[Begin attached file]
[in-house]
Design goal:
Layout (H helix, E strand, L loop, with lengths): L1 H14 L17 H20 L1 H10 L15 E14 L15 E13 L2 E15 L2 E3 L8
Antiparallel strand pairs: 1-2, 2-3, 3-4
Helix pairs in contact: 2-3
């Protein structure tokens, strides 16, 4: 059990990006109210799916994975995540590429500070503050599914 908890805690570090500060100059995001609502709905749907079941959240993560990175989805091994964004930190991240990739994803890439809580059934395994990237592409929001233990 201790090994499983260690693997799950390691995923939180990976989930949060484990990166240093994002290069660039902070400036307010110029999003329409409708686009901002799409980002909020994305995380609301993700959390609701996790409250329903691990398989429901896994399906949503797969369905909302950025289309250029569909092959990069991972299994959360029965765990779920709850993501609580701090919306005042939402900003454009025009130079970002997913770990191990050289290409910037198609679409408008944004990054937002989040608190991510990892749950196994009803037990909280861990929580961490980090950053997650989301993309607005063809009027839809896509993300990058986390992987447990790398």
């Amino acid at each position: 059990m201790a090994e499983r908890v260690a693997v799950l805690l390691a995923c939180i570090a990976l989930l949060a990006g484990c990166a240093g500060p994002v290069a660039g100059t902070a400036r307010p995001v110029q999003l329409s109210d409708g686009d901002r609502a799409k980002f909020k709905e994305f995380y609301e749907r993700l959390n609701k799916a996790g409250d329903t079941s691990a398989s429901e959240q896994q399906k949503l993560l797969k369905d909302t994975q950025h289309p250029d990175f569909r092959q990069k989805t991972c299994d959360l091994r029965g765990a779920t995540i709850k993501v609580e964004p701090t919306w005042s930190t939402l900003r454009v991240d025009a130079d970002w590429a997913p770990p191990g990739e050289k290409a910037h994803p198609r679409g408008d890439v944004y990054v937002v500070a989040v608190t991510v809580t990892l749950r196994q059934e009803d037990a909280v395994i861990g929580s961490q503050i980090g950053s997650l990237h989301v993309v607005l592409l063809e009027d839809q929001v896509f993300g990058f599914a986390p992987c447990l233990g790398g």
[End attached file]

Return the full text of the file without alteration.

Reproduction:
[in-house]
Design goal:
Layout (H helix, E strand, L loop, with lengths): L1 H14 L17 H20 L1 H10 L15 E14 L15 E13 L2 E15 L2 E3 L8
Antiparallel strand pairs: 1-2, 2-3, 3-4
Helix pairs in contact: 2-3
């Protein structure tokens, strides 16, 4: 059990990006109210799916994975995540590429500070503050599914 908890805690570090500060100059995001609502709905749907079941959240993560990175989805091994964004930190991240990739994803890439809580059934395994990237592409929001233990 201790090994499983260690693997799950390691995923939180990976989930949060484990990166240093994002290069660039902070400036307010110029999003329409409708686009901002799409980002909020994305995380609301993700959390609701996790409250329903691990398989429901896994399906949503797969369905909302950025289309250029569909092959990069991972299994959360029965765990779920709850993501609580701090919306005042939402900003454009025009130079970002997913770990191990050289290409910037198609679409408008944004990054937002989040608190991510990892749950196994009803037990909280861990929580961490980090950053997650989301993309607005063809009027839809896509993300990058986390992987447990790398």
């Amino acid at each position: 059990m201790a090994e499983r908890v260690a693997v799950l805690l390691a995923c939180i570090a990976l989930l949060a990006g484990c990166a240093g500060p994002v290069a660039g100059t902070a400036r307010p995001v110029q999003l329409s109210d409708g686009d901002r609502a799409k980002f909020k709905e994305f995380y609301e749907r993700l959390n609701k799916a996790g409250d329903t079941s691990a398989s429901e959240q896994q399906k949503l993560l797969k369905d909302t994975q950025h289309p250029d990175f569909r092959q990069k989805t991972c299994d959360l091994r029965g765990a779920t995540i709850k993501v609580e964004p701090t919306w005042s930190t939402l900003r454009v991240d025009a130079d970002w590429a997913p770990p191990g990739e050289k290409a910037h994803p198609r679409g408008d890439v944004y990054v937002v500070a989040v608190t991510v809580t990892l749950r196994q059934e009803d037990a909280v395994i861990g929580s961490q503050i980090g950053s997650l990237h989301v993309v607005l592409l063809e009027d839809q929001v896509f993300g990058f599914a986390p992987c447990l233990g790398g």